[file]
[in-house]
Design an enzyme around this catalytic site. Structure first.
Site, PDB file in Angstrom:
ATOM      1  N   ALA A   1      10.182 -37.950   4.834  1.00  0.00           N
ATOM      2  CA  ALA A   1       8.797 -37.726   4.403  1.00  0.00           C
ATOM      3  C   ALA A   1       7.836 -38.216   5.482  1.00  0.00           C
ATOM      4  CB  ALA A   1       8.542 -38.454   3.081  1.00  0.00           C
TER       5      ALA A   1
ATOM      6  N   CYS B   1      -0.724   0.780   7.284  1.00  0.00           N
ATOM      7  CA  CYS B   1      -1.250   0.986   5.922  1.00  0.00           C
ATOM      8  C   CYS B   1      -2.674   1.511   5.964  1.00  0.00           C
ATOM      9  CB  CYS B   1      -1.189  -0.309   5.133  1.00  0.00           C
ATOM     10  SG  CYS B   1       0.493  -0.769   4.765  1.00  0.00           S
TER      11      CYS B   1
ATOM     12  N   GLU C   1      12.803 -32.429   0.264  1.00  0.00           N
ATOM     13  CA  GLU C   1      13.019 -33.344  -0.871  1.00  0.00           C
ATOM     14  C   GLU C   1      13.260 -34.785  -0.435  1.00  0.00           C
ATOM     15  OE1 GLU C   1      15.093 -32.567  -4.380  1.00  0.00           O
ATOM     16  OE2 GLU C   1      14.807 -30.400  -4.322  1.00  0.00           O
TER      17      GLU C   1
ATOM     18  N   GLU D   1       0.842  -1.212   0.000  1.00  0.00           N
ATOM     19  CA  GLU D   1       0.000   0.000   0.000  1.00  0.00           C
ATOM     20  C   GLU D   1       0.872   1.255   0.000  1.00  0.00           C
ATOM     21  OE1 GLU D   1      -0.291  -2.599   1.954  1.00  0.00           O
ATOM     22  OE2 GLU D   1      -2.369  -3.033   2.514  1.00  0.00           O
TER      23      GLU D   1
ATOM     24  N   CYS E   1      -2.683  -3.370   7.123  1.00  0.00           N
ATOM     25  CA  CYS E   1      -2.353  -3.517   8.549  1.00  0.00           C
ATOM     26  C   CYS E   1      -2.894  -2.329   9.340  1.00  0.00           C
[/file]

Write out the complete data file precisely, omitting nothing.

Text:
[in-house]
Design an enzyme around this catalytic site. Structure first.
Site, PDB file in Angstrom:
ATOM      1  N   ALA A   1      10.182 -37.950   4.834  1.00  0.00           N
ATOM      2  CA  ALA A   1       8.797 -37.726   4.403  1.00  0.00           C
ATOM      3  C   ALA A   1       7.836 -38.216   5.482  1.00  0.00           C
ATOM      4  CB  ALA A   1       8.542 -38.454   3.081  1.00  0.00           C
TER       5      ALA A   1
ATOM      6  N   CYS B   1      -0.724   0.780   7.284  1.00  0.00           N
ATOM      7  CA  CYS B   1      -1.250   0.986   5.922  1.00  0.00           C
ATOM      8  C   CYS B   1      -2.674   1.511   5.964  1.00  0.00           C
ATOM      9  CB  CYS B   1      -1.189  -0.309   5.133  1.00  0.00           C
ATOM     10  SG  CYS B   1       0.493  -0.769   4.765  1.00  0.00           S
TER      11      CYS B   1
ATOM     12  N   GLU C   1      12.803 -32.429   0.264  1.00  0.00           N
ATOM     13  CA  GLU C   1      13.019 -33.344  -0.871  1.00  0.00           C
ATOM     14  C   GLU C   1      13.260 -34.785  -0.435  1.00  0.00           C
ATOM     15  OE1 GLU C   1      15.093 -32.567  -4.380  1.00  0.00           O
ATOM     16  OE2 GLU C   1      14.807 -30.400  -4.322  1.00  0.00           O
TER      17      GLU C   1
ATOM     18  N   GLU D   1       0.842  -1.212   0.000  1.00  0.00           N
ATOM     19  CA  GLU D   1       0.000   0.000   0.000  1.00  0.00           C
ATOM     20  C   GLU D   1       0.872   1.255   0.000  1.00  0.00           C
ATOM     21  OE1 GLU D   1      -0.291  -2.599   1.954  1.00  0.00           O
ATOM     22  OE2 GLU D   1      -2.369  -3.033   2.514  1.00  0.00           O
TER      23      GLU D   1
ATOM     24  N   CYS E   1      -2.683  -3.370   7.123  1.00  0.00           N
ATOM     25  CA  CYS E   1      -2.353  -3.517   8.549  1.00  0.00           C
ATOM     26  C   CYS E   1      -2.894  -2.329   9.340  1.00  0.00           C